You were always pleased that Carnegie Tech was a fine arts school, with degree programs in applied design and architecture, art, music, and drama. Artistic achievement has not only continued, it has soared; the fine arts are practiced at CMU at a high professional level, with performances of amazing quality offered every week of the academic year. As innovations and new ideas percolate across our society, we also increasingly rely on the boldness of visual arts, music, and theater to process and understand where we have come from — and to envision where we are going. Arts students and faculty are connecting to the research mission in innovative ways, including collaborations that bridge creative thought and scientific experimentation. And our fine and performing arts graduates collect rich national honors, including Tonys, Emmys, and Oscars. Many of them, including another Pittsburgh Andy — Warhol — have decisively shaped American cultural achievement over the past century.
You would be delighted to see that Carnegie Mellon students still approach their work with passion, intensity, and a spirit of community, both inside and outside the classroom. The libraries, labs, and studios are busy around the clock, and students also contribute to our community by performing more than 200,000 hours of service each year. Student organizations thrive, from performing arts groups to data science clubs to multicultural organizations to buggy racing teams. In your honor, the campus culture embraces all things Scottish: Academic gowns are lined in plaid, the school paper is The Tartan, and no CMU academic ceremony is complete without the iconic sound of bagpipes. Of course, one of the greatest traditions we've kept in your name is an emphasis on philanthropy, as represented by the Andrew Carnegie Society, a group of generous donors who help to fund scholarships, fuel undergraduate research, and invest in the student experience.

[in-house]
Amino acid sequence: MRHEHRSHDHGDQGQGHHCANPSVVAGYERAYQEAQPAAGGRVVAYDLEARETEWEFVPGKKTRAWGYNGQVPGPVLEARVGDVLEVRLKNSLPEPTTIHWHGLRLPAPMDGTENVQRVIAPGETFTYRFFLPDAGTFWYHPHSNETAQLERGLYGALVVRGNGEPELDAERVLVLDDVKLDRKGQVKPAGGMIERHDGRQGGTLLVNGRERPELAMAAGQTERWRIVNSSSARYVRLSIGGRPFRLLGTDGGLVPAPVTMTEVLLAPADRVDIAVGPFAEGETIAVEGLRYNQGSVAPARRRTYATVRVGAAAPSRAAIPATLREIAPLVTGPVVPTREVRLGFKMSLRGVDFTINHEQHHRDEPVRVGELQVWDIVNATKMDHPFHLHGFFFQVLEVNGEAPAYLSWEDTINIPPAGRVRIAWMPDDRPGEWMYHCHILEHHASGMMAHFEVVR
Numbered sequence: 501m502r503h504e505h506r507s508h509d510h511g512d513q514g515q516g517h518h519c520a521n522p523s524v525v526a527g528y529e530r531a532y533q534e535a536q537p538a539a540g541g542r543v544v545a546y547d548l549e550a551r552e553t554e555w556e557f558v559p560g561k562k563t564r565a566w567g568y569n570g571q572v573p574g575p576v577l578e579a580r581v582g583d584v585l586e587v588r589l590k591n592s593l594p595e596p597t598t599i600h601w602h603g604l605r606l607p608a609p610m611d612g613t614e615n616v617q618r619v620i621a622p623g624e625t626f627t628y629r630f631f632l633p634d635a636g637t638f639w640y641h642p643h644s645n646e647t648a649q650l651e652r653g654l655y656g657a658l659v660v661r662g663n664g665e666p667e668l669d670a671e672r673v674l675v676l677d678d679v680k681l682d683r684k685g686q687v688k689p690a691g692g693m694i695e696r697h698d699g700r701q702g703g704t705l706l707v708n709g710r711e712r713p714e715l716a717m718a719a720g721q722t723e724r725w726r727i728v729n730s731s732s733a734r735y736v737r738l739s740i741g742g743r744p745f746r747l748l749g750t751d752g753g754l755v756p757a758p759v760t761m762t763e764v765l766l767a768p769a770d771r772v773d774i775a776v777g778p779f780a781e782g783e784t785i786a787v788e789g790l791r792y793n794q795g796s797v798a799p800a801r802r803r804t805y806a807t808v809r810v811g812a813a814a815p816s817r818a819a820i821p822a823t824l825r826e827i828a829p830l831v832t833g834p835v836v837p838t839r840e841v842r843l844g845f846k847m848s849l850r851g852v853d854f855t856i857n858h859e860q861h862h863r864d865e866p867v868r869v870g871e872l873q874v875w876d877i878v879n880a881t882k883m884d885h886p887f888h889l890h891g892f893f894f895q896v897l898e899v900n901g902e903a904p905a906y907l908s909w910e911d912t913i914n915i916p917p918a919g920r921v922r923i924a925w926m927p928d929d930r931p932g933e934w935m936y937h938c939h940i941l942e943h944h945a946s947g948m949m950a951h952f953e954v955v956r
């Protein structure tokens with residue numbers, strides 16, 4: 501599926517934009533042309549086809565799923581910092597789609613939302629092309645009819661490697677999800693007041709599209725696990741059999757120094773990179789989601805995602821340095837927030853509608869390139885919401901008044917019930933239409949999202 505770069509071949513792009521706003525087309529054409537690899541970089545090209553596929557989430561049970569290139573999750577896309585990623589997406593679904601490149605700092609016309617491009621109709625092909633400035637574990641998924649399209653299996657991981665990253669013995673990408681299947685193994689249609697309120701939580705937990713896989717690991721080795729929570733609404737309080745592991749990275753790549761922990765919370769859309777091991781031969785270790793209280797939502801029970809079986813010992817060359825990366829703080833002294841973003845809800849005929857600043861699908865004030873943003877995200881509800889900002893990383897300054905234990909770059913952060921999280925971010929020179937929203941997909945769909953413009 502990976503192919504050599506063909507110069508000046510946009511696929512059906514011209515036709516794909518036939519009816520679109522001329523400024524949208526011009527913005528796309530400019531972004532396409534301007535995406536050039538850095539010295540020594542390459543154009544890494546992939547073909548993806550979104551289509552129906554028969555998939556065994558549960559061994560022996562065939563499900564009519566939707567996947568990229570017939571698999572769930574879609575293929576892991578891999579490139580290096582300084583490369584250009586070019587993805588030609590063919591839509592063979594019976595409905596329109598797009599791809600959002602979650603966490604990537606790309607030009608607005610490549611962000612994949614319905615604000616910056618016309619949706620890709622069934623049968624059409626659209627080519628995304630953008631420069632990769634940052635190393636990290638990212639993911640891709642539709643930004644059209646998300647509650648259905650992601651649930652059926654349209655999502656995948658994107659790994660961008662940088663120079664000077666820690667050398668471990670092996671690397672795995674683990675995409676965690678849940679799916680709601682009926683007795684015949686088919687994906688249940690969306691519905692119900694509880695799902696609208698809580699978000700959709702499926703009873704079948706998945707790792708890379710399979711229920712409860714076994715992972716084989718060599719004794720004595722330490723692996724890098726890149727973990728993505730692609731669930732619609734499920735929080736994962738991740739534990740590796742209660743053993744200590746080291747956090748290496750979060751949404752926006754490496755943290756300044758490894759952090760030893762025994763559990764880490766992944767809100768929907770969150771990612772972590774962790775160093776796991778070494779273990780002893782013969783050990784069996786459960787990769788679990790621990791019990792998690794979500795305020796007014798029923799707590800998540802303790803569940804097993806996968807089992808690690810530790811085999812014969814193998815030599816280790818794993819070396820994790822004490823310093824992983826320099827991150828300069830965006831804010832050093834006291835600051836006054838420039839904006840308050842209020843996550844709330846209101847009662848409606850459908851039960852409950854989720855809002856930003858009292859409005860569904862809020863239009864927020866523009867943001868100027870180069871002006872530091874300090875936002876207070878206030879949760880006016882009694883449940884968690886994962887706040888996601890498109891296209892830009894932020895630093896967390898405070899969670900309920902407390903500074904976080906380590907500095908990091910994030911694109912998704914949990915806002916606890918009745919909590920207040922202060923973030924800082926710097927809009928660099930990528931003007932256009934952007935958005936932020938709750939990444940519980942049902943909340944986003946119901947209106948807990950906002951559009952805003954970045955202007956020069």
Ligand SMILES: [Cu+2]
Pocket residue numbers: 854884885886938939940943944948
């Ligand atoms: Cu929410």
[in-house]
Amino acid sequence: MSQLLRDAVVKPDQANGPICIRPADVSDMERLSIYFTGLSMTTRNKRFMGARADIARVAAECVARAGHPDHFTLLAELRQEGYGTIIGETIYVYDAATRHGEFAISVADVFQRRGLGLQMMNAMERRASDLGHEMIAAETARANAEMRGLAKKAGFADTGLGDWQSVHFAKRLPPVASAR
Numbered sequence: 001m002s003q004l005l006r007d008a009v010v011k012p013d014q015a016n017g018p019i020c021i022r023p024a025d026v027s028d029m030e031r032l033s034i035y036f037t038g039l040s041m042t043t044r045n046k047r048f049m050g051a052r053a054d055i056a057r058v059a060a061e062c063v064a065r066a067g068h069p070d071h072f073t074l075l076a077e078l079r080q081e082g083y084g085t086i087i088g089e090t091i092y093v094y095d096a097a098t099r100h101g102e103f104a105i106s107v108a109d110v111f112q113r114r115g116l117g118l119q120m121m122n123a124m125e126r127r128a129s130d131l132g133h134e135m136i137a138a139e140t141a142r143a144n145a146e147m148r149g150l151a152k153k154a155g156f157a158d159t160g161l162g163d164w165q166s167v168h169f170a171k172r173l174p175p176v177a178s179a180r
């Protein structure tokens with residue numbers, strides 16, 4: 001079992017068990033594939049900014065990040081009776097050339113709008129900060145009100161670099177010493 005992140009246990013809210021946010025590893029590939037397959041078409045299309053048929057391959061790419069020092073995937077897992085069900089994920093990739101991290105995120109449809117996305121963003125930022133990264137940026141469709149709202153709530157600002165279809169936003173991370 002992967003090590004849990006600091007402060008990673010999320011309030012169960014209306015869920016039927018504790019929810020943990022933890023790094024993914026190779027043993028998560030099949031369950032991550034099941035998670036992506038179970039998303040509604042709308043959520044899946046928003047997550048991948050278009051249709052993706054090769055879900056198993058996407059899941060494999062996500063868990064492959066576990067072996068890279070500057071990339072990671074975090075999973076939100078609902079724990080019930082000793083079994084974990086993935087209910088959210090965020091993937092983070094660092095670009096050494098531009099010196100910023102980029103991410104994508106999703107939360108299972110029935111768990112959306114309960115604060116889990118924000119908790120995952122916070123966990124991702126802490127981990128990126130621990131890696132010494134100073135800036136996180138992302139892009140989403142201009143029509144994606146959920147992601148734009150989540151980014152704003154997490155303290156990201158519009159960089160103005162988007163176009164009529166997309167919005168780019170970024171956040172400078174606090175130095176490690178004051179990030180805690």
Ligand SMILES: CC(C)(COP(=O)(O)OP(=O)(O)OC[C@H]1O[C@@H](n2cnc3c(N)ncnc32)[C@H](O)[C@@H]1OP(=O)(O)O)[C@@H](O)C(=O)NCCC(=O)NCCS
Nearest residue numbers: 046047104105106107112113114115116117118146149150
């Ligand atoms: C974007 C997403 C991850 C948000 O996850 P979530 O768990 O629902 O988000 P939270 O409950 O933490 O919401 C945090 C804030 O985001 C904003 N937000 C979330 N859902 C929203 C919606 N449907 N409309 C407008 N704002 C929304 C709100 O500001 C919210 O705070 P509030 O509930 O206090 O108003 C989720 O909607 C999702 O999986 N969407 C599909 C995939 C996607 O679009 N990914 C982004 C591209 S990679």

Carnegie Mellon University owns a wonderful life-sized portrait of you, in your honorary role as rector of the great University of St. Andrews in Scotland. I am told it was one of your favorite images of yourself, and it now hangs outside my office.
Standing in cap and gown, you seem at ease in your academic regalia, the consummate university man - but the truth is, you were never that. Although you had very little formal schooling, all your life you were hungry for learning and you had deep respect for practical knowledge and expertise.
As my faculty colleagues prepare students for careers that have not yet been invented, your bold vision, commitment to inclusion and opportunity, and insistence on pragmatic impact continue to serve as our inspiration. In the knowledge-driven world of 2019, your dream of a school dedicated to innovation, creativity, and contribution to the betterment of society has never been more vital and more alive.
When I pass by your portrait at the end of each exciting and fulfilling day of this future you envisioned, I am reminded, sir, that our hearts are still very much in the work.
Henry L. Hillman President's Chair
Carnegie Mellon University